Where have all the meaningful experiences gone?
Don't open the door to the study and begin readingThose wise words are by the Sufi master Mevlana Jalaluddin Rumi, and the photo shows an original Zuckermann harpsichord kit from 1968. I have recounted here before how during the second half of the twentieth century the harpsichord came back from the dead to reclaim its rightful position on the concert platform. Wolfgang Zuckermann's $150 harpsichord kits, which were launched in 1959, played a major roler in this rehabilitation, which extended beyond early music into the works of John Cage, Elliott Carter and Maurice Ohana. In the 1960s John Cage and Merce Cunningham were neighbours of Zuckermann in Greenwich Village, and the premiere of Cage's HPSCHD in 1969 used Zuckermann harpsichords.
Take down a musical instrument
Let the beauty we love be what we do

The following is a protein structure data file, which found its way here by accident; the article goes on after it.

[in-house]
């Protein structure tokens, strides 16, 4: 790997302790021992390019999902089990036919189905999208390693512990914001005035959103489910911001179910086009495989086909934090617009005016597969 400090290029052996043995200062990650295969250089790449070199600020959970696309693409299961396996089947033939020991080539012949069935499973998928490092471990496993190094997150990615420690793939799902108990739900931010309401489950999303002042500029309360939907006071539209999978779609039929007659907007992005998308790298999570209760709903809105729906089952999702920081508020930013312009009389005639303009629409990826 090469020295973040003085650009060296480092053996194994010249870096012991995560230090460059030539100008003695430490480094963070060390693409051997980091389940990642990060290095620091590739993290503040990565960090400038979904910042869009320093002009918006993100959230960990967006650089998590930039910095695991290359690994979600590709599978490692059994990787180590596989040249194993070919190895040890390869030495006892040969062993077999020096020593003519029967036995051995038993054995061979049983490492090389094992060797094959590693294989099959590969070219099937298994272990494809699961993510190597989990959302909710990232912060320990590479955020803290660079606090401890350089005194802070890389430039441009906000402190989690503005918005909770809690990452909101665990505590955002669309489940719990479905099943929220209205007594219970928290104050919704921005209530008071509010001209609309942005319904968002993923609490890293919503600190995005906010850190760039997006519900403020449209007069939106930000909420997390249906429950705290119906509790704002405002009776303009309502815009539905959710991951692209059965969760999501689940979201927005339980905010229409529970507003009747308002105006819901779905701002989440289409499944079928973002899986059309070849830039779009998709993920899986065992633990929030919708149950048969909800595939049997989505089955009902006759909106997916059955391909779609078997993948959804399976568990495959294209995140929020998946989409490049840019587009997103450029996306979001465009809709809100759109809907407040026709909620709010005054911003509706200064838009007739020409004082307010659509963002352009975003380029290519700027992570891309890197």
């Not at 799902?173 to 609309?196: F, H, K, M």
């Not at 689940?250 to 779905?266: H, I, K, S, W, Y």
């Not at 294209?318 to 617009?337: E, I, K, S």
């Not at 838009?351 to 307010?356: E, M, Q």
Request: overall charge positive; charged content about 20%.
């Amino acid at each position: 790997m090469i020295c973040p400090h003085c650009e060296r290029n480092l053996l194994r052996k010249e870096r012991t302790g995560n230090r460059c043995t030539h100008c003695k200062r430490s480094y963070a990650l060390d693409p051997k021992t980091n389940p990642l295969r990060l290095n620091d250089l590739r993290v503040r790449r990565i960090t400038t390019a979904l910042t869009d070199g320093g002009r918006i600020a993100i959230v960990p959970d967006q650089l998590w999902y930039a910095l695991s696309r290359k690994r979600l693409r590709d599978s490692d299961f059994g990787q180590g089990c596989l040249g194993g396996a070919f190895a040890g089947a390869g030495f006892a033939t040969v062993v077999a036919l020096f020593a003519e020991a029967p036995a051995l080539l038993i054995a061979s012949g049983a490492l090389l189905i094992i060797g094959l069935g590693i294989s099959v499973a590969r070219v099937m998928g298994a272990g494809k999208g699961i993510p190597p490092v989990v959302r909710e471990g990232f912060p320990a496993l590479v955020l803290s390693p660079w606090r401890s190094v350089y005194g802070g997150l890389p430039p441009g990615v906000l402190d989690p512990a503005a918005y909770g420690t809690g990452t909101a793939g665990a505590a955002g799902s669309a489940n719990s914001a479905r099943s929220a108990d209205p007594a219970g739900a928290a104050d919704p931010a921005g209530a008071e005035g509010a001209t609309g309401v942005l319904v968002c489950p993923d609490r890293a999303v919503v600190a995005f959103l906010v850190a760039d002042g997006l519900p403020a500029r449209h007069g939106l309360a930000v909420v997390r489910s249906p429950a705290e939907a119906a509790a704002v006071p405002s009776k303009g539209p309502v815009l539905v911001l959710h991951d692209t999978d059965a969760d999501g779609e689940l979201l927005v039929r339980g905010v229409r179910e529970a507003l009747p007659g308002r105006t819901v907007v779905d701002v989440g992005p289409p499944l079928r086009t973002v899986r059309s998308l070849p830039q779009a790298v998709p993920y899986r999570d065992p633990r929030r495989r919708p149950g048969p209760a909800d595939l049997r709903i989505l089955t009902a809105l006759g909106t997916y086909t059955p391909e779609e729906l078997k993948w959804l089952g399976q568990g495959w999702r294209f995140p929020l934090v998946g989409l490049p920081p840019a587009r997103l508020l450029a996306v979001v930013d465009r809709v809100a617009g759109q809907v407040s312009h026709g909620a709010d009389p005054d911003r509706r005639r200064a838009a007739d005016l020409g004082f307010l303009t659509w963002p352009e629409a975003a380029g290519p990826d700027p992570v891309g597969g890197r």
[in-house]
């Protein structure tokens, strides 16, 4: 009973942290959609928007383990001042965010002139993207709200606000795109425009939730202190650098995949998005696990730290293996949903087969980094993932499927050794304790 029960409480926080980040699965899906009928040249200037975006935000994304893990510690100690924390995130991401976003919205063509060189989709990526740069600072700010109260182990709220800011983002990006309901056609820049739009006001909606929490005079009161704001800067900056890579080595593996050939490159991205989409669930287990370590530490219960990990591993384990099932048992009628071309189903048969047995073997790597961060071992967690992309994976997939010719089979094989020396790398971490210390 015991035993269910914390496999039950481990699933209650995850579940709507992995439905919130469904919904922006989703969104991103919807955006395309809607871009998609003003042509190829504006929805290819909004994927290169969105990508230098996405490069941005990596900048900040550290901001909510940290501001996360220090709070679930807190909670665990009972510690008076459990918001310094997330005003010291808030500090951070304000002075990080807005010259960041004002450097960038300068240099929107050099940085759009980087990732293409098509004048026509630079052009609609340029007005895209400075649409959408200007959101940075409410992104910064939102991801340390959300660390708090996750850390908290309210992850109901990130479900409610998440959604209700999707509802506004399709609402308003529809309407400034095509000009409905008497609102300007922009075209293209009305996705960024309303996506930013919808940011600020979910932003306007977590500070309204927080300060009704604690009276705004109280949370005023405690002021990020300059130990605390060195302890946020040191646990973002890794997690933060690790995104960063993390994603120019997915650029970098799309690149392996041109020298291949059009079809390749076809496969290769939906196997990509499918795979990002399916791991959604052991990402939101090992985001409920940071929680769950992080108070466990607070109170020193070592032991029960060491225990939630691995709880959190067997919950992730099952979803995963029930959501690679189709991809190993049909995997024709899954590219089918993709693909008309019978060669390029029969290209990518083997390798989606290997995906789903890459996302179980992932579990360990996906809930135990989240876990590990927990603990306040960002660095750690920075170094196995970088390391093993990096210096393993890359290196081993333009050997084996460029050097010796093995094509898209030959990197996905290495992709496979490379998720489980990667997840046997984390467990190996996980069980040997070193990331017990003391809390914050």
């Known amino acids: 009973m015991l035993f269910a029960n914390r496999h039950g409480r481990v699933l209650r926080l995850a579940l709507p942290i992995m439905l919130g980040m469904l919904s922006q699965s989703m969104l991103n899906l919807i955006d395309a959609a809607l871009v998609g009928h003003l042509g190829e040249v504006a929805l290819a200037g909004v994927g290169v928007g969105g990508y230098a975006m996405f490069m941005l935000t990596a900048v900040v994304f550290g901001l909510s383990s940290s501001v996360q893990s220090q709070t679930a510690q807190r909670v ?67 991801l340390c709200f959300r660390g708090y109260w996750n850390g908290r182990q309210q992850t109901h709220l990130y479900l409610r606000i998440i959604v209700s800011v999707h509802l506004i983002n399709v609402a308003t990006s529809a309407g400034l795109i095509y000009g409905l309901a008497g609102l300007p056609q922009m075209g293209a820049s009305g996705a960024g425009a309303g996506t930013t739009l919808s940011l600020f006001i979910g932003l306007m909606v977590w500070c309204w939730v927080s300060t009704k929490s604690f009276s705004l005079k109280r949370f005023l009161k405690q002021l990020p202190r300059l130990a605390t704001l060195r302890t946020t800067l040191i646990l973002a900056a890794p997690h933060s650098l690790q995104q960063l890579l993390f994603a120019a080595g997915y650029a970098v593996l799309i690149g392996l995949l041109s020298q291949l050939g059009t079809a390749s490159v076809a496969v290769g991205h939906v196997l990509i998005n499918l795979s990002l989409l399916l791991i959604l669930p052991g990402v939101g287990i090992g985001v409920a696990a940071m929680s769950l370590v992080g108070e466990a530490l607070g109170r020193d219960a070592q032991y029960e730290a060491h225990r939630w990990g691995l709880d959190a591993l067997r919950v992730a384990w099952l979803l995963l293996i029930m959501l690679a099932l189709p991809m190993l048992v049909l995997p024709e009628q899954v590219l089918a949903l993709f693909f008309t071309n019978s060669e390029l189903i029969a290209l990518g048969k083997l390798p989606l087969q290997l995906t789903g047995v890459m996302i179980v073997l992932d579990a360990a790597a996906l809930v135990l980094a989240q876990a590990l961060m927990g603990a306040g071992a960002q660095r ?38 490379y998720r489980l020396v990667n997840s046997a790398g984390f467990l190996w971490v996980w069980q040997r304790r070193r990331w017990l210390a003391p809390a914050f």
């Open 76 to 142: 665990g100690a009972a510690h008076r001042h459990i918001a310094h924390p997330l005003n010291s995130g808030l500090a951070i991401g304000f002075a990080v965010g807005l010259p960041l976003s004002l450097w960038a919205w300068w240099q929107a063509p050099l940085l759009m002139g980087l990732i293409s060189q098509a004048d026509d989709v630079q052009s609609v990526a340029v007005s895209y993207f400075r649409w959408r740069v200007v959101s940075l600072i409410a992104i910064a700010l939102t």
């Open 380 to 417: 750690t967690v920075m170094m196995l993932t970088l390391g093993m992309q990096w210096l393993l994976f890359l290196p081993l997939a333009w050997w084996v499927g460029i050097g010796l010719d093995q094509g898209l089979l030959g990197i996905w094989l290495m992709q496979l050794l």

Wolfgang Zuckermann sold his harpsichord business in 1969 and left America in protest against the Vietnam war. He eventually settled in France and ran an idiosyncratic bookshop in Avignon until he retired in aged 87 - I took the photo of him below shortly before he retired in 2008*. My interest in the godfather of the modern harpsichord recently led me to a fascinating account of building a Zuckermann kit like the one seen above. Its author James Gollin explains that "There is a special satisfaction, I admit, in being able to play music on an instrument you’ve built yourself" and quotes Wolfgang Zuckermann as saying "Some [people] actually looked forward to the kind of meaningful experience associated with building an instrument.”
Building an instrument, playing an instrument, making music, even listening to live music - where have all the meaningful experiences gone? Milan Kundera suggests in The Unbearable Lightness of Being that once we lose the ability to express an emotion, the capacity to feel that emotion is eventually lost. There is a strong case for arguing that one we lose the ability to express music, so we lose the ability to appreciate music.
* It is pleasing to report that Wolfgang Zuckermann's bookshop in Avignon continues to thrive under its new owner Camille Vourch, as described in a 2013 post. Any copyrighted material is included as "fair use" for critical analysis only and will be removed at the request of copyright owner(s).Also on Facebook and Twitter.